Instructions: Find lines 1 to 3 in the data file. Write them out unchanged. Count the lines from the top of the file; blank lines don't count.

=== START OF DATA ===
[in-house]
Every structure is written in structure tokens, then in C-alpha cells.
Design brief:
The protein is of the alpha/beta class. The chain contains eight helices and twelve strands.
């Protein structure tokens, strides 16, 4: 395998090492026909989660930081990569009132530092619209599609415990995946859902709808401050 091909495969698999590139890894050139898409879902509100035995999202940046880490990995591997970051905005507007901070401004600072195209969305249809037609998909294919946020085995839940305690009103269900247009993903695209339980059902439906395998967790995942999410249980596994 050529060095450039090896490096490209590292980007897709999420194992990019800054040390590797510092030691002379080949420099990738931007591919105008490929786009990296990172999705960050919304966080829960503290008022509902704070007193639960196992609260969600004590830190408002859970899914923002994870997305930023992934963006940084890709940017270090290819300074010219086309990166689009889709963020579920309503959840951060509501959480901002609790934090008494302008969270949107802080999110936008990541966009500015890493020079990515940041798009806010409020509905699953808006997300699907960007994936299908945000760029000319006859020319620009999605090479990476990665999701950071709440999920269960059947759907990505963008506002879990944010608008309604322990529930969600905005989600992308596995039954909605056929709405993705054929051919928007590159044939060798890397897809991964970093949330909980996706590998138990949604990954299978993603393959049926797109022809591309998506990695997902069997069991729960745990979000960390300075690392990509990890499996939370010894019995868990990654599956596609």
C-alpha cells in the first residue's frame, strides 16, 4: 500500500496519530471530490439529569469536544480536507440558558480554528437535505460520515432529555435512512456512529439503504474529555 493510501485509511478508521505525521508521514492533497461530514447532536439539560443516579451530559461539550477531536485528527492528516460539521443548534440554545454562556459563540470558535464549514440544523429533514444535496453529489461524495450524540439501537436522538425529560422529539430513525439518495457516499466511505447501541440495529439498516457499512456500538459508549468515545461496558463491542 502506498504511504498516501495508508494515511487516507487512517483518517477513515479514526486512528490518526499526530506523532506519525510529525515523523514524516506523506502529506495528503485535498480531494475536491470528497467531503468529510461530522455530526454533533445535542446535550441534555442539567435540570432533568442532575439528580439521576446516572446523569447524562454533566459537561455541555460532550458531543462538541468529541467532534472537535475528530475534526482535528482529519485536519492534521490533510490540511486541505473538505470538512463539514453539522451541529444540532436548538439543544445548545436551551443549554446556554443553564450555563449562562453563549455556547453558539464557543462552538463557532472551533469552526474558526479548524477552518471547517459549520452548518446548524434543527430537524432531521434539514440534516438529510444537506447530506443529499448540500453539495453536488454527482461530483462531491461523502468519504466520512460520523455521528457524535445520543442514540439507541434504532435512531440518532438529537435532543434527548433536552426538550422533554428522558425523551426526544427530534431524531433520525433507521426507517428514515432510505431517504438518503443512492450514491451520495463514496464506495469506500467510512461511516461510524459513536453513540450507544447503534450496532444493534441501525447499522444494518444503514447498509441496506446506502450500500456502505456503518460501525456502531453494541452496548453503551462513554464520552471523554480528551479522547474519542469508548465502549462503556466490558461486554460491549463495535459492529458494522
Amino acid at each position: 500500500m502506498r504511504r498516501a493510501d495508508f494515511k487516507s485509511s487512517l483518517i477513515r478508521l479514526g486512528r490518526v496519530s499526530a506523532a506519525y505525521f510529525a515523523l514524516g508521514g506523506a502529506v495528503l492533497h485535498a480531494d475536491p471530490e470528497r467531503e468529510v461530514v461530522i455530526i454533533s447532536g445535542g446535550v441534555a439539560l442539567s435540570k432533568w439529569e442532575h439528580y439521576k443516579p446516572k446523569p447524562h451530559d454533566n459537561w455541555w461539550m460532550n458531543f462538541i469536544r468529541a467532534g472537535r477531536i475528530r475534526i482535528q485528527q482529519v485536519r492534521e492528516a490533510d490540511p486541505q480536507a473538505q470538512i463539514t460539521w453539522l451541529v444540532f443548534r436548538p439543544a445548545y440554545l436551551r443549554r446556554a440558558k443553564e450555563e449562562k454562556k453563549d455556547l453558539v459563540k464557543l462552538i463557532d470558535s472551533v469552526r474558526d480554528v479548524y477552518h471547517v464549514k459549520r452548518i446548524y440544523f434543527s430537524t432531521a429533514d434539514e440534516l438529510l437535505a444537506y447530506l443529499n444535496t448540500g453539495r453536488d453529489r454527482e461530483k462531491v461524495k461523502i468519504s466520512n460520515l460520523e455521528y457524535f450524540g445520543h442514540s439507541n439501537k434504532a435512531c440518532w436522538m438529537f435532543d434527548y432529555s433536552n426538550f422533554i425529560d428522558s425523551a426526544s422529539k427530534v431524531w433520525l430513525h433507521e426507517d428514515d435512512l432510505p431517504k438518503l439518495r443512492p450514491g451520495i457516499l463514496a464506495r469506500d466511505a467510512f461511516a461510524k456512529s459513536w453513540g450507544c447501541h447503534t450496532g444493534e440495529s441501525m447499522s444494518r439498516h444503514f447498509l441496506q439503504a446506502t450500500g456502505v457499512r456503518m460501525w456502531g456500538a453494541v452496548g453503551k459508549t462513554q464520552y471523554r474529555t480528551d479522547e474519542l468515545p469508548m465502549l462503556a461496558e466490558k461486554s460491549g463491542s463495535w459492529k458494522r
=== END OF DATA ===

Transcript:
[in-house]
Every structure is written in structure tokens, then in C-alpha cells.
Design brief: